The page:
The Gumenick Chapel is an addition to Temple Israel’s majestic Byzantine Revival building (1927, Robertson and Patterson) in Miami Beach, which was completed five years after the congregation’s founding. The chapel was built during a time when the synagogue’s congregation was growing rapidly; under Rabbi Joseph Narot, the community grew to 1,800 families, and High Holy Day ceremonies were so large that the congregation rented the Miami Beach Convention Center. During this time, the synagogue was also actively engaged in social justice issues (such as the civil rights movement) and the new chapel was seen as embodying the values of this dynamic congregation.
Larry Singer, chair of the synagogue’s building committee, commissioned architect Kenneth Treister to design the chapel in 1962. Named for its principal benefactors, Sophie and Nathan Gumenick, the chapel was completed in 1969. Treister gave the Gumenick Chapel an intimate scale by composing the seating so that the congregants are never farther than nine rows from the bimah, the platform from which services are led. The in-the-round seating arrangement (with two banks of pews set at right angles to each other) provokes a stronger sense of unity among the congregants, by setting them face-to-face with each other during services.
Richly colored light suffuses the interior at all hours. Throughout the day, the chapel glows with light entering through stained glass windows, which are composed of cast blocks of colored glass held together by black epoxy. After sunset, two copper chandeliers illuminate the interior. Treister built the chandeliers in Hialeah, and also fabricated complementary copper sconces and other furnishings. He also built a copper ner tamid, or eternal lamp, which was placed above the ark, and two lecterns crafted from copper and mahogany for the bimah. The architect crafted the furnishings throughout the chapel, either by himself or in close collaboration with area craftsmen.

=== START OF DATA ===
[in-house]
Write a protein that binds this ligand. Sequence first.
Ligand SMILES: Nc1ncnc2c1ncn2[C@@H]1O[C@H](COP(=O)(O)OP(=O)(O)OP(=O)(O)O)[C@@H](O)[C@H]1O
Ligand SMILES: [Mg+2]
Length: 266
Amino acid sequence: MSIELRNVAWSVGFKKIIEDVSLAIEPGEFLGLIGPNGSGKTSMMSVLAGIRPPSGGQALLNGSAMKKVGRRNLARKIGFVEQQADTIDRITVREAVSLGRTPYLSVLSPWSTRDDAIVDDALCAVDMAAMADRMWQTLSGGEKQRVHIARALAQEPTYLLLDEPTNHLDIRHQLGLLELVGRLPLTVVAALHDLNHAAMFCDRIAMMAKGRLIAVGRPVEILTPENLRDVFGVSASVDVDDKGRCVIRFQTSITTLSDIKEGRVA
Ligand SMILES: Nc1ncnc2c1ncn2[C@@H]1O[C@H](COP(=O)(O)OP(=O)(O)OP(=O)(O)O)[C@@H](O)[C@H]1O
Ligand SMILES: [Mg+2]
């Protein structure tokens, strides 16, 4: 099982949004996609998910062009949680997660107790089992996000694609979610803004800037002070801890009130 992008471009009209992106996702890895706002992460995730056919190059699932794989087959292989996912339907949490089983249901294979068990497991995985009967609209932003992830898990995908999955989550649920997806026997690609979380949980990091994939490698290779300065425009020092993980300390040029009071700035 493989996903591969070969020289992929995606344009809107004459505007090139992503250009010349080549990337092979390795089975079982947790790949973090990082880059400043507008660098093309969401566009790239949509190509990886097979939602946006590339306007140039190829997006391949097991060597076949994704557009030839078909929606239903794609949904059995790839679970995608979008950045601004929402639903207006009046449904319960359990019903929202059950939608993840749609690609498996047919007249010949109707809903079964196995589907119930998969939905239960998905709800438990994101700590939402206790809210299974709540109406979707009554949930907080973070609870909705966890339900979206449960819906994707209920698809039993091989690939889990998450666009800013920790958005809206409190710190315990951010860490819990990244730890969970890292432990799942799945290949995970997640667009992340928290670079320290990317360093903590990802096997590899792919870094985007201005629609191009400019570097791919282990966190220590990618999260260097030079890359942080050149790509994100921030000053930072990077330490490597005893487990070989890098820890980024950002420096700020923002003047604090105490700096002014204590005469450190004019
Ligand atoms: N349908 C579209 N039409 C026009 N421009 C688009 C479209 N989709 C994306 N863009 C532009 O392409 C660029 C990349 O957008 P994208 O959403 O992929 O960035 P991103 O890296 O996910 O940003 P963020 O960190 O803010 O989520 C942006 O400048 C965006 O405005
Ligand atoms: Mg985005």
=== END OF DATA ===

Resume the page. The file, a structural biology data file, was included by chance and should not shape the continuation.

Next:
The immense visual weight of the chapel’s walls belies its thin, light construction. Treister fleshed out the walls by draping a steel mesh over steel structural framing, then covered this armature with a thin layer of concrete sprayed under pressure. The material is less than one inch thick in some places. The concrete membrane relies on folded geometry, rather than mass, for its strength. Treister produced detail drawings as needed throughout the construction process, and changed the design of the chapel in response to changing conditions. Structural engineers Ed Bliss and John Nyitray designed the steel framing to obviate the need for columns in the sanctuary.
The entire facade is a sculptural representation of the Ten Commandments as engraved on the two tablets given to Moses at Mount Sinai. The Ark of the Covenant—where the Torah is stored—is legible on the exterior of the building as a tower set between the two stylized tablets. On the interior, this shell-like form opens to provide a top-lit shelter for the Torah, in a gesture resembling the side chapels at Le Corbusier’s Ronchamp. The sunlight over the Torah is the major source of illumination for the interior, symbolically associating the word of God with light.
Treister is the author or co-author of at least ten books, including monographs, about the Gumenick Chapel and two of his other local projects, the Mayfair and the Holocaust Memorial. A Miami native, Treister graduated from the University of Florida in 1953 with a degree in architecture. Treister’s other works are equally Expressionistic in form, and reflect his longstanding interest in the work of Antoni Gaudí and other architects of inventive, idiosyncratic forms.
Treister, Kenneth. Chapel of Light: The Sophie & Nathan Gumenick Chapel, Temple Israel of Greater Miami.New York: UAHC Press, 2000.